Show Posts

This section allows you to view all posts made by this member. Note that you can only see posts made in areas you currently have access to.


Messages - dls5492

Pages: [1] 2 3 ... 19
1
The Pub / Re: Scientist has decided Guiness uses the wrong glass
« on: May 26, 2018, 10:59:34 AM »
It's hard for me not to be snarky at this point. (Not at you, Wilbur for posting).

2
Looks like there are plenty of happy yeast!

3
General Homebrew Discussion / Re: New Brewer - why do you homebrew
« on: May 07, 2018, 12:42:06 PM »
I brewed my first beer in 1988 because all there was available was Bud, Miller, etc. I wanted more variety. I still do it because I enjoy the hobby and interacting with other Club members. I also enjoy the festivals we do.

5
Zymurgy / Re: Am I getting anxious too soon?
« on: May 01, 2018, 10:50:21 PM »
Got mine today.

6
Beer Travel / Re: NE/E Iowa
« on: April 23, 2018, 11:56:28 PM »
Both Toppling Goliath and Singlespeed are excellent. There is also Second State (Cedar Falls) is also good. Lark Brewing (Waterloo) has very good beer but no food. Uncle Harry's Five and Dime Tavern is not a brewery. But, it has an excellent selection of commercial beers.
Hope this helps.

7
General Homebrew Discussion / Re: How's your LHBS doing?
« on: April 18, 2018, 01:47:56 PM »
Our LHBS just closed. They weren't making much money and they have families to support. I completely understand. The closest shop to us now is about an hour drive away. Plus, there is ordering on line.

8
Yeast and Fermentation / Re: blending yeasts
« on: April 13, 2018, 12:22:34 PM »
I have blended the wlp565 and the wlp644 in my Saison. The wlp565 was dominant at first. But, as it aged, the 644 took over. BY the way, it made it to the NHC Finals a few years ago.
When I blend yeast strains, I choose strains that ferment in the same temperature range. The wlp001 range is 68-73 degrees (as per their website). The wlp300 is 68-72 degrees. So, it should be an interesting beer ( and experiment).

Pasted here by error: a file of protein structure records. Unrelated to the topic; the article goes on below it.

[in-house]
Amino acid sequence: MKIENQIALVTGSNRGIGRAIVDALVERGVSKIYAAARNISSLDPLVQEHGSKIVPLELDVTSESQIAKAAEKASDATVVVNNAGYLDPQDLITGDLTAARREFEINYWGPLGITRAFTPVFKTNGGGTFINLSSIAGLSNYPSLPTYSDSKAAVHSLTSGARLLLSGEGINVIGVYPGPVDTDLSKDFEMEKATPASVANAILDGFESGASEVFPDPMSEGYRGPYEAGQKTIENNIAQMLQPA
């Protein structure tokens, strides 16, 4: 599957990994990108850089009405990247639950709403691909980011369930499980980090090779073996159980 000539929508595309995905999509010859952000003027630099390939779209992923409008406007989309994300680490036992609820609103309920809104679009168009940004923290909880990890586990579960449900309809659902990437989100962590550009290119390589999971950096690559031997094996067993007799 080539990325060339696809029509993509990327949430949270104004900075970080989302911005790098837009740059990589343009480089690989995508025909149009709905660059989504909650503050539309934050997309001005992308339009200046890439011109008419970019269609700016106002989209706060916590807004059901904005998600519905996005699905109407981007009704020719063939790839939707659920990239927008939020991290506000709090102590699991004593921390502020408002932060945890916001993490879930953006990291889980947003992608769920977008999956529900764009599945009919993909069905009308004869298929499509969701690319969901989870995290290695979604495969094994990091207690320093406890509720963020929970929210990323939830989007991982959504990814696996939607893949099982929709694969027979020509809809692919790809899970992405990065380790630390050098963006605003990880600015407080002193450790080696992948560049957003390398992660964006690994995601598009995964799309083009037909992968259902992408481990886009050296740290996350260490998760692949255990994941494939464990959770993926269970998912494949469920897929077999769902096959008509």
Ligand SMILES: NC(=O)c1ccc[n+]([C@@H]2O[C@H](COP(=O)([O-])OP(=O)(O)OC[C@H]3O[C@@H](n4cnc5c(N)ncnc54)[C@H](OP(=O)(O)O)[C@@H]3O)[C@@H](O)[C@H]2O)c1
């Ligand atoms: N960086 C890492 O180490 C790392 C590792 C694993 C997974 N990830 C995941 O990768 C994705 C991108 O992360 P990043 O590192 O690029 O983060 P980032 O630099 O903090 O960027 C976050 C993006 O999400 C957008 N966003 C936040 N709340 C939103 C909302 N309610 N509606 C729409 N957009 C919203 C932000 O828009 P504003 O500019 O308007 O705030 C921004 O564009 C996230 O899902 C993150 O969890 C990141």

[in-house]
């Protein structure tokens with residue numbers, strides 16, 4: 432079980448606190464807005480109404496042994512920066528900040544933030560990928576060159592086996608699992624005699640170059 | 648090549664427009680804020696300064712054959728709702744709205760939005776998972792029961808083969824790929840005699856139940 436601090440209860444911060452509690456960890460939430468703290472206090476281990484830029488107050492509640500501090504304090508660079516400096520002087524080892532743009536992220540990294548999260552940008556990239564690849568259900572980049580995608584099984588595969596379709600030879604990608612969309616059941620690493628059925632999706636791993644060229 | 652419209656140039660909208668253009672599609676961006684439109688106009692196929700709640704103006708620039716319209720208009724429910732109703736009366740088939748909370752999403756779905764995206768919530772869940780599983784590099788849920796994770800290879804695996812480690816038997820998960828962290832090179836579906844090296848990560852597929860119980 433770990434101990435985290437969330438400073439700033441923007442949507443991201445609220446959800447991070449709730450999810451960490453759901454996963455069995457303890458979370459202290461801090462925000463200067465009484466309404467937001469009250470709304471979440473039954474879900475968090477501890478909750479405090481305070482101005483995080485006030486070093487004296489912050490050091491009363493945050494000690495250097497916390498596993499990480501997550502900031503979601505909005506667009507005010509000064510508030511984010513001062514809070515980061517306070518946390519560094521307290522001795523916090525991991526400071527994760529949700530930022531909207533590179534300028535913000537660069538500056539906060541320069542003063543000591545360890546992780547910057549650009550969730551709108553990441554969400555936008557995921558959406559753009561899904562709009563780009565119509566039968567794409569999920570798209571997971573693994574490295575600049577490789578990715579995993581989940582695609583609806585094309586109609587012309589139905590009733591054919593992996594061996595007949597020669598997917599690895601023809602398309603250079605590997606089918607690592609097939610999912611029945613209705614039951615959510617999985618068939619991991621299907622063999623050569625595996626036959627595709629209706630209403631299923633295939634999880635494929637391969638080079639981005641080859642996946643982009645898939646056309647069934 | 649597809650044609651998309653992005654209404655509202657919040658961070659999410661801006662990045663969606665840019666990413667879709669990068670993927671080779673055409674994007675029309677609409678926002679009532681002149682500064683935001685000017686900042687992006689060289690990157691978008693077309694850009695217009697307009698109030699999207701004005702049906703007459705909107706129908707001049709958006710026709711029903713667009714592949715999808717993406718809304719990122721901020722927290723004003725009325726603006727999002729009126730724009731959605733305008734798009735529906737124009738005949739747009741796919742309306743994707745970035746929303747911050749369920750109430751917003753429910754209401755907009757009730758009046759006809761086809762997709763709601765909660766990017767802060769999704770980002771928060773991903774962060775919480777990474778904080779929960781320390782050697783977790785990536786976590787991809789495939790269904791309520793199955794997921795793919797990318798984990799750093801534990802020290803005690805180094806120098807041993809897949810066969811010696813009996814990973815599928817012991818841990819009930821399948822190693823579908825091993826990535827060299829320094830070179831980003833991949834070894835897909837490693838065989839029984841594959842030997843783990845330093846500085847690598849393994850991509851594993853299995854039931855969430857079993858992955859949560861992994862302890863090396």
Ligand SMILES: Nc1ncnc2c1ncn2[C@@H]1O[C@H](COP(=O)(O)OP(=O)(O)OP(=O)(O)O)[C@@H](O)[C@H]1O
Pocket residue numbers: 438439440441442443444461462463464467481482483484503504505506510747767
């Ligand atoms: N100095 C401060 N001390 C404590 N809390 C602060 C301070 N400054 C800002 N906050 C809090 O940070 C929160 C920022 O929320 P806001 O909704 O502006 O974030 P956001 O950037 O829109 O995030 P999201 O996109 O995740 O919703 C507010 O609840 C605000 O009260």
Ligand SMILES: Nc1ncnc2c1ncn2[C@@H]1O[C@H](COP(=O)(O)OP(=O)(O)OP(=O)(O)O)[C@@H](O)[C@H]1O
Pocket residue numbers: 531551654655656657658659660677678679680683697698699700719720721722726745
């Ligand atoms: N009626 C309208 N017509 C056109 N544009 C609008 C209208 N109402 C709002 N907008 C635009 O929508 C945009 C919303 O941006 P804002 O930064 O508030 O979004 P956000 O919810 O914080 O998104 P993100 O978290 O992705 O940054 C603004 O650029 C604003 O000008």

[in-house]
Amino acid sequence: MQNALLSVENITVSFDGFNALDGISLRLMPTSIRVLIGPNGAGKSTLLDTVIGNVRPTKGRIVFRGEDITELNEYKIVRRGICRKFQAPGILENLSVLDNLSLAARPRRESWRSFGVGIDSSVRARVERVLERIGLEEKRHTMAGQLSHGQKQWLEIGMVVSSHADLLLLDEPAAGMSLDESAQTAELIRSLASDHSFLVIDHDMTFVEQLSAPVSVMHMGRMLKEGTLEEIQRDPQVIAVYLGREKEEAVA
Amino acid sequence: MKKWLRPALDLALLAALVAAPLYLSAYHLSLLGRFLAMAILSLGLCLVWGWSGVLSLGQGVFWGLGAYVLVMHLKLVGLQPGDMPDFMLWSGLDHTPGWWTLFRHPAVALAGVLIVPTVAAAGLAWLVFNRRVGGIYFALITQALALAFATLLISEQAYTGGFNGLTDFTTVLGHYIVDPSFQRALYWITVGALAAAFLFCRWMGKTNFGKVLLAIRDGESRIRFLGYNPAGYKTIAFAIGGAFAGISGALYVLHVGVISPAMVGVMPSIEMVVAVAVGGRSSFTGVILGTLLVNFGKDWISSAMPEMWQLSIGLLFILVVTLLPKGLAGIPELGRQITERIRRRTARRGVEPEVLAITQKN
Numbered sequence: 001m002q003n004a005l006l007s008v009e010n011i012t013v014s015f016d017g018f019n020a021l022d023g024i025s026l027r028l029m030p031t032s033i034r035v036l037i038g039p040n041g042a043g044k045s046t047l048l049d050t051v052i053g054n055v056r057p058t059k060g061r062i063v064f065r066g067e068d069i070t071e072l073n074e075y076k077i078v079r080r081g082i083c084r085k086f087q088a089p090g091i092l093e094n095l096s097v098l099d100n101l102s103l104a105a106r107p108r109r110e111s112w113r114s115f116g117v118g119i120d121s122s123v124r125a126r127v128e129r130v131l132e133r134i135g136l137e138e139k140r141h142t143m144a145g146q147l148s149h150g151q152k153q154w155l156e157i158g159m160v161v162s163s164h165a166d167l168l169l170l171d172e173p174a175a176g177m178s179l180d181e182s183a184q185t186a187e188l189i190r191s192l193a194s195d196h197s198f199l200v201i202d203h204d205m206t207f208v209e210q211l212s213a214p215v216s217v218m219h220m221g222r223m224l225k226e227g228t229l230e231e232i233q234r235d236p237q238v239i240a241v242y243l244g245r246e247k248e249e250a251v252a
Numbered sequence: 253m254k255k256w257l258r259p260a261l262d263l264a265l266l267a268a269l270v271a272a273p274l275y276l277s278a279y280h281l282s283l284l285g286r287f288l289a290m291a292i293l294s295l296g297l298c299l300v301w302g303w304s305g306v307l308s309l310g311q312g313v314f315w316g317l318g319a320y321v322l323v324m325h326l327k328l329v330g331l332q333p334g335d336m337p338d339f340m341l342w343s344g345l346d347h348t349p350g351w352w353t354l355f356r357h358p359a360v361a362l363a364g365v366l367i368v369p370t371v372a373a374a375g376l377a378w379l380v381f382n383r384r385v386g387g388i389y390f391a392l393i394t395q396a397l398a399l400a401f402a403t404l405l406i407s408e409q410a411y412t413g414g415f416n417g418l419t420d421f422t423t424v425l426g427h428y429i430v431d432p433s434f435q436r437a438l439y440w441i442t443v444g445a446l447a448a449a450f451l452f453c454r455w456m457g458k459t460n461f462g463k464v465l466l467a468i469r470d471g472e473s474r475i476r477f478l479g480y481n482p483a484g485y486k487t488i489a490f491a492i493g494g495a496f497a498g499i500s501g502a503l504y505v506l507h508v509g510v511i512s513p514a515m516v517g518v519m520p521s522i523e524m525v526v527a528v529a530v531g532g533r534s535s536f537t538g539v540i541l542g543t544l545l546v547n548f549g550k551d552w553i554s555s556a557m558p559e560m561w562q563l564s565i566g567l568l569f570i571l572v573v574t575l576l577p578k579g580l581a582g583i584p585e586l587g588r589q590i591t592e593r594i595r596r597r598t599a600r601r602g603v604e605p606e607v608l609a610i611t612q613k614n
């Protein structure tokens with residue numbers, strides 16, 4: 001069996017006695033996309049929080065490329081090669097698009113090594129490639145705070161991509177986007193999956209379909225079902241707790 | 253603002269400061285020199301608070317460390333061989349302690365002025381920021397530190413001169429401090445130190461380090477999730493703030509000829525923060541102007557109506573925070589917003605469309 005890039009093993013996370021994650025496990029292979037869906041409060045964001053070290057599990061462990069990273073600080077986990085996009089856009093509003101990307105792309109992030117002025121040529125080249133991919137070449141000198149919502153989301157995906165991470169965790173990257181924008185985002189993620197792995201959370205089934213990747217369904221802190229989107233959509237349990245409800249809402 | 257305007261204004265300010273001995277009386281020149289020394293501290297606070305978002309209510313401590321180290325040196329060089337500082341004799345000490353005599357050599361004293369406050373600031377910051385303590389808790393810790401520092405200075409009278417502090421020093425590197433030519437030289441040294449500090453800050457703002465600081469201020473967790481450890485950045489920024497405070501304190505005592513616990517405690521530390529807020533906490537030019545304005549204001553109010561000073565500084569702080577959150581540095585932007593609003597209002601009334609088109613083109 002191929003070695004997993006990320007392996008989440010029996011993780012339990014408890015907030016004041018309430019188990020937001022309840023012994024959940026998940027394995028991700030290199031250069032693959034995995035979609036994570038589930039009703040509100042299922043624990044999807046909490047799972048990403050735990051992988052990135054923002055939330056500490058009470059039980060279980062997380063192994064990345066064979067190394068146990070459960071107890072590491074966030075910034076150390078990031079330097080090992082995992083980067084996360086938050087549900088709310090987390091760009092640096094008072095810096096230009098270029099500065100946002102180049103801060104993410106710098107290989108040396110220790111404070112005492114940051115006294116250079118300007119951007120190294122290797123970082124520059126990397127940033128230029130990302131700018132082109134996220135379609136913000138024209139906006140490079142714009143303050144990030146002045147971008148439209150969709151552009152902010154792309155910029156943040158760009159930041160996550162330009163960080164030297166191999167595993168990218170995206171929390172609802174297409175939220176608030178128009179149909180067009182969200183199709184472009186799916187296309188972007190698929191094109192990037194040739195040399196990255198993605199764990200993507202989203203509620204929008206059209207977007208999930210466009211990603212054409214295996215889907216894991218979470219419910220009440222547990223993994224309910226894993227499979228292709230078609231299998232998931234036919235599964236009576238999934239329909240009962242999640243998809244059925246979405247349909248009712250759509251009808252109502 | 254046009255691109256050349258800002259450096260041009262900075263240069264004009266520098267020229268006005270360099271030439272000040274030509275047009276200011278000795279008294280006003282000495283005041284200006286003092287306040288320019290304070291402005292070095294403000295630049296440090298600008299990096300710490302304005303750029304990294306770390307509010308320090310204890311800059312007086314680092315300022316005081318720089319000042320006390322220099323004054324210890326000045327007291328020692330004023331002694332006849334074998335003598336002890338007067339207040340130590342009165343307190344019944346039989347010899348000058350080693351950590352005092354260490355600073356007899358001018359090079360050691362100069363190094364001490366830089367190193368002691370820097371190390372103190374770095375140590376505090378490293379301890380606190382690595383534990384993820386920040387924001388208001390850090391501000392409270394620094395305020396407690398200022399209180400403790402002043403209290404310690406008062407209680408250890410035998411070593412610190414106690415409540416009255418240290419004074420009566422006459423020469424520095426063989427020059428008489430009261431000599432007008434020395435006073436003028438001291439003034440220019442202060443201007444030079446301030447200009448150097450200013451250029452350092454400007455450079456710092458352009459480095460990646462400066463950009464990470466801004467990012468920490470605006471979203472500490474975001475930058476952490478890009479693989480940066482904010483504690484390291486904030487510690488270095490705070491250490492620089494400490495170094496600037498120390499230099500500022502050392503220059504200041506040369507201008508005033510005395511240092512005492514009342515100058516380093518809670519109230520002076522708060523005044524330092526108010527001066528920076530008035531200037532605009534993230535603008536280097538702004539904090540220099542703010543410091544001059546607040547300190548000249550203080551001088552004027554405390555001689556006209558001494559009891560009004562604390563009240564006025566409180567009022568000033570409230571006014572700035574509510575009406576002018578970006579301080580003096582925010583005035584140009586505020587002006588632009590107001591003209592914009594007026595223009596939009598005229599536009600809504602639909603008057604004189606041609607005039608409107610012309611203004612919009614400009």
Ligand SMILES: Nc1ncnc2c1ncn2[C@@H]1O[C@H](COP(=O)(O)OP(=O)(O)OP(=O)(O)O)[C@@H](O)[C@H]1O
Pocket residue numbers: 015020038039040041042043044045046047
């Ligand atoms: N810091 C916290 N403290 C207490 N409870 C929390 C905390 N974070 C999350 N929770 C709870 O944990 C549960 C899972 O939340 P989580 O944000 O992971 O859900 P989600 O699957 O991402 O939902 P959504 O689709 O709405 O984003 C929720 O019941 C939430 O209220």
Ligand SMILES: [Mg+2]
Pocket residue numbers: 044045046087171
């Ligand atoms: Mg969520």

9
General Homebrew Discussion / Re: What's Brewing this Weekend?
« on: March 23, 2018, 11:44:37 AM »
Last weekend, brewed a California Common. This weekend I will bottle a porter and keg a "1911 Heineken Beiersch" (Recipe from Ron Pattinson book "Let's Brew").

10
I listened to the podcast the other day, very interesting. I can't wait until part 2. I will definitely get the book!

11
General Homebrew Discussion / Re: short lag time in lager
« on: March 08, 2018, 12:28:59 AM »
First of all, it looks like your lager will be fine.
Second, you came to the right place to learn. There are great people here that want to help you be a "seasoned" brewer.
To your health and prost!

12
Yeast and Fermentation / Re: M44 Feremtation Question
« on: March 06, 2018, 06:11:47 PM »
For whatever beer I have that is fermenting, I try to target the temperature a degree or 2 below the manufacturer's recommendations. For this strain, their website recommends 59-74 degrees. If I were using this yeast, I would target 57-58 degrees and see how it does. 51-52 degrees might take a while. You may have to ramp up at the end to help it finish.

13
General Homebrew Discussion / Re: IMF "International Maltiness Factor"
« on: March 04, 2018, 01:09:27 PM »
klickitat jim,
You speak for a nation!

14
General Homebrew Discussion / Re: aftertaste
« on: March 04, 2018, 01:06:38 PM »
There's no way you are going to be able to duplicate an American Lite Lager without good temp control and a good understanding of yeast and fermentation. For any lager, German, American, etc. you will need to ferment the beer in the 48-52 range with a true lager strain for at least 48-72 hours. You could make a great ale as well with the same recipe and use dry yeast but even then fermentation will need to be kept under control, low 60's high 50s.

I brew commercially and it is certainly not impossible to make a Lite American Lager but for beginners it is a fairly mighty challenge. Those beers have almost ZERO flavors to begin with, any fermentation mistake is going to show up very easily.
+1
I recommend that you take your beer to a local Homebrew Club. They can help you identify the aftertaste, how it got there and how to remedy it.
Welcome to the hobby. Learning is an exciting adventure!

15
Beer Recipes / Re: Ginseng Beer
« on: February 24, 2018, 09:05:51 PM »
I brewed 5 gallons of a pretty standard American amber ale, but I added to the sparge water 26 oz. of ginseng tea which was made by simmering 2.25 oz. of chopped American ginseng and 1.25 oz. of whole spirit ginseng (both dried). 

This was back in 2011, but I remember liking it.
Nice. I was thinking about adding it a saison. An American Amber Ale sounds interesting. Thank you for sharing!

Pages: [1] 2 3 ... 19